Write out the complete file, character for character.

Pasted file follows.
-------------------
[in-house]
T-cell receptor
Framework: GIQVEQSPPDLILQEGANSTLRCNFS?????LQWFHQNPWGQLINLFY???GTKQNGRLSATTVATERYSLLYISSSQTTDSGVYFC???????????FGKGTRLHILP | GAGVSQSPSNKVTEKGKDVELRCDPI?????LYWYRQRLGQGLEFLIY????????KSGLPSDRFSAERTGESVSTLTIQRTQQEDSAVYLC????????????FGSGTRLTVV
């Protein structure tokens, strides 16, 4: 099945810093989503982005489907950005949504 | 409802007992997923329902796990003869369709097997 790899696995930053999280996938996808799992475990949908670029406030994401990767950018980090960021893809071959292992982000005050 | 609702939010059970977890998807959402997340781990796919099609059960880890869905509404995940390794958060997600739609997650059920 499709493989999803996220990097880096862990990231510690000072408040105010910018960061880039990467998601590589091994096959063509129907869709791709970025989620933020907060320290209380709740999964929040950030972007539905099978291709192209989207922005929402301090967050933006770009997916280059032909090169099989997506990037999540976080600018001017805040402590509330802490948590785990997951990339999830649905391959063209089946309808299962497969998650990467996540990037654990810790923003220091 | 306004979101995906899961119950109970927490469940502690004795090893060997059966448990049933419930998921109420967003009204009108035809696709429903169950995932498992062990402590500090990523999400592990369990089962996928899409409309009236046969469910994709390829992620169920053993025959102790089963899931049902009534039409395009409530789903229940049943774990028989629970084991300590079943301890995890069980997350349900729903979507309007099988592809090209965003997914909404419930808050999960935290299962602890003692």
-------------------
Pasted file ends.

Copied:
[in-house]
T-cell receptor
Framework: GIQVEQSPPDLILQEGANSTLRCNFS?????LQWFHQNPWGQLINLFY???GTKQNGRLSATTVATERYSLLYISSSQTTDSGVYFC???????????FGKGTRLHILP | GAGVSQSPSNKVTEKGKDVELRCDPI?????LYWYRQRLGQGLEFLIY????????KSGLPSDRFSAERTGESVSTLTIQRTQQEDSAVYLC????????????FGSGTRLTVV
């Protein structure tokens, strides 16, 4: 099945810093989503982005489907950005949504 | 409802007992997923329902796990003869369709097997 790899696995930053999280996938996808799992475990949908670029406030994401990767950018980090960021893809071959292992982000005050 | 609702939010059970977890998807959402997340781990796919099609059960880890869905509404995940390794958060997600739609997650059920 499709493989999803996220990097880096862990990231510690000072408040105010910018960061880039990467998601590589091994096959063509129907869709791709970025989620933020907060320290209380709740999964929040950030972007539905099978291709192209989207922005929402301090967050933006770009997916280059032909090169099989997506990037999540976080600018001017805040402590509330802490948590785990997951990339999830649905391959063209089946309808299962497969998650990467996540990037654990810790923003220091 | 306004979101995906899961119950109970927490469940502690004795090893060997059966448990049933419930998921109420967003009204009108035809696709429903169950995932498992062990402590500090990523999400592990369990089962996928899409409309009236046969469910994709390829992620169920053993025959102790089963899931049902009534039409395009409530789903229940049943774990028989629970084991300590079943301890995890069980997350349900729903979507309007099988592809090209965003997914909404419930808050999960935290299962602890003692």